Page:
Gov. Jerry Brown unveiled a 12-point public pension reform plan this morning that would ask voters to increase the age at which future state and local government employees could retire with full benefits and place them in riskier retirement plans than current workers.
Speaking to reporters this morning, Brown said he wants all of his proposals to go before voters on the November 2012 ballot.
"It saves a lot of money," Brown said. "This program is a very decisive step forward...We'll have to contend with unfunded liabilities as we move forward."
The plan would also impact current and future workers by mandating employers and employees equally share the cost of pension contributions. Currently, most employers pick up the majority or all of those costs.
Reaction to Brown's plan came swiftly.
Convincing the Democratic-controlled Legislature to place his package on the ballot is a substantial hurdle, Brown acknowledged.
Senate President Pro Tem Darrell Steinberg said Brown's plan is a "provocative" one on which he would keep an open mind.
"The abuses that a small number of people take advantage of absolutely must be resolved," Steinberg said in a statement. "But we can't forget that the vast majority of public sector employees are middle class workers and their average pensions are far from exorbitant....
Assembly Speaker John A. Pérez said his members would "carefully consider" the proposal, but did he not embrace its contents. "I believe the governor is working hard to solve California's long term fiscal challenges, and the Assembly will work with him to bring stability to our pension system in a manner that does right by taxpayers and public servants alike," he said in a statement.
California Republican Party Chairman Tom Del Beccaro called the proposals a "small step in the right direction," in a press statement and criticized Brown for deferring most of the savings for many years, since the provisions with the biggest cost impacts won't be felt for years, since they apply only to future employees.
"California can't wait 500 years for a solution," Del Beccaro said.
California Chamber of Commerce President and CEO Allan Zaremberg had a different take.
"We commend the Governor for a bold and substantive proposal that addresses California's unsustainable state and local pensions and retiree health care costs," Zaremberg said. "The Legislature should embrace this common sense plan."
Brown's plan requires
new current and future employees and their employers to split monthly pension contributions 50-50. Currently, employers pick up the majority or the entire tab.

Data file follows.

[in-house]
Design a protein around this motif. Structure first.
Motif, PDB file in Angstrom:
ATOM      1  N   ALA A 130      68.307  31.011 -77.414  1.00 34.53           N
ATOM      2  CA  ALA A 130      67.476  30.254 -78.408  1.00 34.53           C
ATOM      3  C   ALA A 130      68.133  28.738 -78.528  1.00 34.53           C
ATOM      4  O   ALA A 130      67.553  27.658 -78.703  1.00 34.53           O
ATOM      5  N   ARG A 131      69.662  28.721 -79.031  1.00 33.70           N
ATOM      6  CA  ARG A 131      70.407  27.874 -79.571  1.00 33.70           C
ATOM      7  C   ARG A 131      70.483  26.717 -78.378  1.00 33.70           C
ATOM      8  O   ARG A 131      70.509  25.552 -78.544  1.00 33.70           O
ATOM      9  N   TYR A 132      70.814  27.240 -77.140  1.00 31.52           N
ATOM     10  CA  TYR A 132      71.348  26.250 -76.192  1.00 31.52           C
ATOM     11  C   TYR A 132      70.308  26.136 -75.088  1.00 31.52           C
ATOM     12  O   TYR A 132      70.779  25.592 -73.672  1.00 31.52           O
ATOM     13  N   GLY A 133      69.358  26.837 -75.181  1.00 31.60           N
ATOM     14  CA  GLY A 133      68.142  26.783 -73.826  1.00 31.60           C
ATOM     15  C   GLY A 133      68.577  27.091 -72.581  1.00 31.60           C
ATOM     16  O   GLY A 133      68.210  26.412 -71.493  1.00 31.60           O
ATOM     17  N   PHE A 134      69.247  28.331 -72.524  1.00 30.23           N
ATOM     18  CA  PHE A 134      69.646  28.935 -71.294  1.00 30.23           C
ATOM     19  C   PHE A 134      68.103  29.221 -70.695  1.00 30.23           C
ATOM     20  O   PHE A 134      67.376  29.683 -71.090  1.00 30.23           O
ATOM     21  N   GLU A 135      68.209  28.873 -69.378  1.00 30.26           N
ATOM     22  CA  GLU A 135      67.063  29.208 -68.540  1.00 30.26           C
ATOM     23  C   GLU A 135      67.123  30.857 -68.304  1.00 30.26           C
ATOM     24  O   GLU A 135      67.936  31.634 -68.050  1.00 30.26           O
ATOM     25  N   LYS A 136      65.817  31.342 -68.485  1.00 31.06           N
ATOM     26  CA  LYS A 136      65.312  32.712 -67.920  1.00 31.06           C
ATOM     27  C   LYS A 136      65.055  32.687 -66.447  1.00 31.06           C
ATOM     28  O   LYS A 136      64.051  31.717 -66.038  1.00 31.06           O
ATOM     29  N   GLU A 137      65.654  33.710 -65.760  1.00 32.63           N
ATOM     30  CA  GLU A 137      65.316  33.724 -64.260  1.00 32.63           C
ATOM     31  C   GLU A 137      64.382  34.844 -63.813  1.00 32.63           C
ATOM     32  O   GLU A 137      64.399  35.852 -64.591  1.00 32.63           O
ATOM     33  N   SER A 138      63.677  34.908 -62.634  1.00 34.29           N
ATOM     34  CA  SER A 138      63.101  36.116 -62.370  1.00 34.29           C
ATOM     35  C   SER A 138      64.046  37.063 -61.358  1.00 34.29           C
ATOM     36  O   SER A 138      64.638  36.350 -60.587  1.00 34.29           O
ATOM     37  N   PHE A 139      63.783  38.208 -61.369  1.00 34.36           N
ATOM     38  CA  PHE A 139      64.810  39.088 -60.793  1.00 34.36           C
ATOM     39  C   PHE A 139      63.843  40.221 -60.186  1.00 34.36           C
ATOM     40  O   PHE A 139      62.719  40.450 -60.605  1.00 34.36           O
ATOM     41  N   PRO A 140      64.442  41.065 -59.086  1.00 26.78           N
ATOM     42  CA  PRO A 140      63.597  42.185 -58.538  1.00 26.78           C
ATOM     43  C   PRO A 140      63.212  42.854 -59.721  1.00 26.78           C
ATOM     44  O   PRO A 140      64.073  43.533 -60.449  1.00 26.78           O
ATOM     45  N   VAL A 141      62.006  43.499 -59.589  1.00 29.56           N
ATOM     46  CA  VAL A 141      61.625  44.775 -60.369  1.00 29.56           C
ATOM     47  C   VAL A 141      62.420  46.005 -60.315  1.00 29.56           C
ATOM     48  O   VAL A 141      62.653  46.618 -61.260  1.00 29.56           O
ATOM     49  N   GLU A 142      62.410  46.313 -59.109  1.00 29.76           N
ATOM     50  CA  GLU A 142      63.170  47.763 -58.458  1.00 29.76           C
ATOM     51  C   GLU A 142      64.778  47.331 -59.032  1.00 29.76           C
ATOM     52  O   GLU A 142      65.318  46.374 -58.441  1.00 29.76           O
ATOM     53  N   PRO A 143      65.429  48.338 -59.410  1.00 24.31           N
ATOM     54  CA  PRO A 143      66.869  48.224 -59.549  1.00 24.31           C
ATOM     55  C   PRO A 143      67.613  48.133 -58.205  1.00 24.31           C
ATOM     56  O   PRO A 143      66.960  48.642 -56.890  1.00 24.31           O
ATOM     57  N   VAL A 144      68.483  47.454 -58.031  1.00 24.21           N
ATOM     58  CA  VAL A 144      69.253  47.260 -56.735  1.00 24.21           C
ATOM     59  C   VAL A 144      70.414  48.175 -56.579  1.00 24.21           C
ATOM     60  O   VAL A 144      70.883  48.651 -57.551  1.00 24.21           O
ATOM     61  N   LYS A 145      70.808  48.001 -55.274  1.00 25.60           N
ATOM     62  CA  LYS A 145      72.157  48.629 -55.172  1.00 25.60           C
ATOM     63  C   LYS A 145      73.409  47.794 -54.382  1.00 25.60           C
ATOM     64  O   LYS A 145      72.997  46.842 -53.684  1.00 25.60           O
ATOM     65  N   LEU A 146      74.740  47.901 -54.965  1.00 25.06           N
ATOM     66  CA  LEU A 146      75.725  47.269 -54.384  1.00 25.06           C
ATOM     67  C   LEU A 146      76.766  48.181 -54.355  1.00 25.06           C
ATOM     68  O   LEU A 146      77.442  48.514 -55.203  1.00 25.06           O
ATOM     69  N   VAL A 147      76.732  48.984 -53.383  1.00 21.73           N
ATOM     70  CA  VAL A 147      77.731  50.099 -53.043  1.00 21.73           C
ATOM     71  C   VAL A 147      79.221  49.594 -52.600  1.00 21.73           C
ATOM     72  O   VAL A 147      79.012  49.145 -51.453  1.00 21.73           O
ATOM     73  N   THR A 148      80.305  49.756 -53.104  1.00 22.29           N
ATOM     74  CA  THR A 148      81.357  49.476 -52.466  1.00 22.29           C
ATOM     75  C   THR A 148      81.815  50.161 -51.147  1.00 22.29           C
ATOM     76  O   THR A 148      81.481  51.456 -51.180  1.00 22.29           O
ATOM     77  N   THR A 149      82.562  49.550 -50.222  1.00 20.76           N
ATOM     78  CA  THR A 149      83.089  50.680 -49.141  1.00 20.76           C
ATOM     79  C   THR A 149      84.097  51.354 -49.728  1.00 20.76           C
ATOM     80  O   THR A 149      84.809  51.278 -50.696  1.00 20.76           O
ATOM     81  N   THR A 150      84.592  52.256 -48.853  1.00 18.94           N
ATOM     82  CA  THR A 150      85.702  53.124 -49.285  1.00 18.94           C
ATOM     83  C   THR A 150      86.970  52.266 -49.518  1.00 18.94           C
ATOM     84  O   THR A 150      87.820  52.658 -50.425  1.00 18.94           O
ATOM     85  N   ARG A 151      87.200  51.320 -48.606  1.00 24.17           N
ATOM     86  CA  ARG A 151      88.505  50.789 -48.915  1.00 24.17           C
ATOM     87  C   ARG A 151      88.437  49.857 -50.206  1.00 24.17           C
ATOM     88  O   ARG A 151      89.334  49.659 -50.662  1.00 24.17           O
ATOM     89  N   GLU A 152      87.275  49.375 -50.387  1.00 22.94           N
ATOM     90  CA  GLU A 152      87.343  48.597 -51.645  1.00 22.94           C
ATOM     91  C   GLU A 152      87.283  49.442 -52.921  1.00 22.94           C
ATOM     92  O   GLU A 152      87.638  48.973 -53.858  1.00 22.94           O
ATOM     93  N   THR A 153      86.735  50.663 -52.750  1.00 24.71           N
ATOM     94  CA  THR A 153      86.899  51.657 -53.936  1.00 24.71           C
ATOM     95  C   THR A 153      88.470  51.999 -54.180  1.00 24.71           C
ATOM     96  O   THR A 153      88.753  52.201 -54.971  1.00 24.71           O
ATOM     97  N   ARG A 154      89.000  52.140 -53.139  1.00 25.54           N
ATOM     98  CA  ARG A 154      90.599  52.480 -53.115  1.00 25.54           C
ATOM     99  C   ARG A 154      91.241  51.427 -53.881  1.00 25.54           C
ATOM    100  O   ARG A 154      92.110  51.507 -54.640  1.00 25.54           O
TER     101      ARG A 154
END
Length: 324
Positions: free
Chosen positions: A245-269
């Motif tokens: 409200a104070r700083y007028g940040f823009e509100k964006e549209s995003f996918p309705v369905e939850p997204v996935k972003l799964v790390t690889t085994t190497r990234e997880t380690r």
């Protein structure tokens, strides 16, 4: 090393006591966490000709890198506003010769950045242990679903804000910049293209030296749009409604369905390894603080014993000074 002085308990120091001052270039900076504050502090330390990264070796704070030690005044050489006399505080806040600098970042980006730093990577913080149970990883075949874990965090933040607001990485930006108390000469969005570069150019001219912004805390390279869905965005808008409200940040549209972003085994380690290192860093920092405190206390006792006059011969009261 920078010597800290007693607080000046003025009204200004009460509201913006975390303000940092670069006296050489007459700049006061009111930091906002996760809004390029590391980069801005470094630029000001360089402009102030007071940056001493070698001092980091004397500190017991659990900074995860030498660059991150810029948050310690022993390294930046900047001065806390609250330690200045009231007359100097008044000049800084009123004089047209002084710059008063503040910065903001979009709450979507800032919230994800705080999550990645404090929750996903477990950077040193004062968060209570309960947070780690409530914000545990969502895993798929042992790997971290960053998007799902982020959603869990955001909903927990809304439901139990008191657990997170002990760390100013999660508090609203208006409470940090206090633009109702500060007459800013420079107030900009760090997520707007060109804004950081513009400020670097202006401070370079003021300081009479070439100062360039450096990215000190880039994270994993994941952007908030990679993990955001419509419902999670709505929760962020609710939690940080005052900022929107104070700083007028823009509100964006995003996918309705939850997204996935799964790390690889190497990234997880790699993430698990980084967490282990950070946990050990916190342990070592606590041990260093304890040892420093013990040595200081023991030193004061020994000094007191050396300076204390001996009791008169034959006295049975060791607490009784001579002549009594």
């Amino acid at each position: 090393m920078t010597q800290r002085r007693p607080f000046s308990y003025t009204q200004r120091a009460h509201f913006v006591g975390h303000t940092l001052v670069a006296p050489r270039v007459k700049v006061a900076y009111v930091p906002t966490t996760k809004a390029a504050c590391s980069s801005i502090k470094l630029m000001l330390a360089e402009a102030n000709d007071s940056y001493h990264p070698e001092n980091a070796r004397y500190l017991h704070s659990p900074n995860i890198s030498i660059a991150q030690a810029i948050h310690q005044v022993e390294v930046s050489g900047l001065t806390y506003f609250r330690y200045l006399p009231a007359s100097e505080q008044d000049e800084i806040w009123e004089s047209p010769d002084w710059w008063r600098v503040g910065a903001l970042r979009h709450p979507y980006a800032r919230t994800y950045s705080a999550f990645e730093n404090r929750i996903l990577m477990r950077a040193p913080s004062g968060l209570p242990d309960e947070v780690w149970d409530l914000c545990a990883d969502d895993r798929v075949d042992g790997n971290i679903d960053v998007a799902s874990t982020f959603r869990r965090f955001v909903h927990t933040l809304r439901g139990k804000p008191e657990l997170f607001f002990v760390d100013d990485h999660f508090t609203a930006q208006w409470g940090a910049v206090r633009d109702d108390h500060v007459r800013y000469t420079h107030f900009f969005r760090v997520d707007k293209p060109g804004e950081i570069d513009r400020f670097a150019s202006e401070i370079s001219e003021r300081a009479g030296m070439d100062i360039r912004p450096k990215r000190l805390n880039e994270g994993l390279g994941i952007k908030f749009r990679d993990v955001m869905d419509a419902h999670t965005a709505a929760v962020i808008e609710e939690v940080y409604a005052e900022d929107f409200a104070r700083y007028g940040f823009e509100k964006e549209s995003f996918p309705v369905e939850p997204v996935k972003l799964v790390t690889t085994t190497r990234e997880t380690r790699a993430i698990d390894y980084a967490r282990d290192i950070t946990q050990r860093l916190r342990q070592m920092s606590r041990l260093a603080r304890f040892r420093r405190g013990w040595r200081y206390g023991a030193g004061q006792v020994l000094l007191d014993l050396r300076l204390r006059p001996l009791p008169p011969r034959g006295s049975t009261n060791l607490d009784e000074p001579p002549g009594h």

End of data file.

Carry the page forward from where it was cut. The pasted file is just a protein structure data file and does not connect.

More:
New workers would receive a smaller defined benefit component than current employees receive plus a professionally-managed defined contribution piece and Social Security. The safety workers who don't participate in Social Security would receive a larger guaranteed benefit plus the earnings from defined contributions.
The age for full retirement for new workers would line up with Social Security, which pays full benefits to workers who retire at 67. Public safety hires would be able to retire earlier, "commensurate with the ability of those employees to perform their jobs," the proposal says, but it doesn't name a specific age for that group.
Pension calculations use the highest average annual compensation over a three-year period to figure annual benefits instead of the highest single year. The proposal aims to make it harder to "spike" pension payouts by sharply increasing an employee's pay for one year.
To keep special bonuses, unused vacation time, excessive overtime and other pay perks from figuring into retirement calculations, Brown's plan defines base pay for pension purposes as excluding those extra income sources.
Current and future workers who retire from public service would be limited to working 960 hours or 120 days per year for a public employer.
Pension increases could only be applied prospectively.
When funds are flush with money, employers and employees would have to continue contributions.
Brown's plan also eliminates service credit purchases and changes the composition of retirement fund boards.
New state workers would increase the service time required for the government to pick up their retiree health costs: 15 years to receive a partial benefit and 25 years for the maximum contribution.
Click here to read Brown's 12-point plan.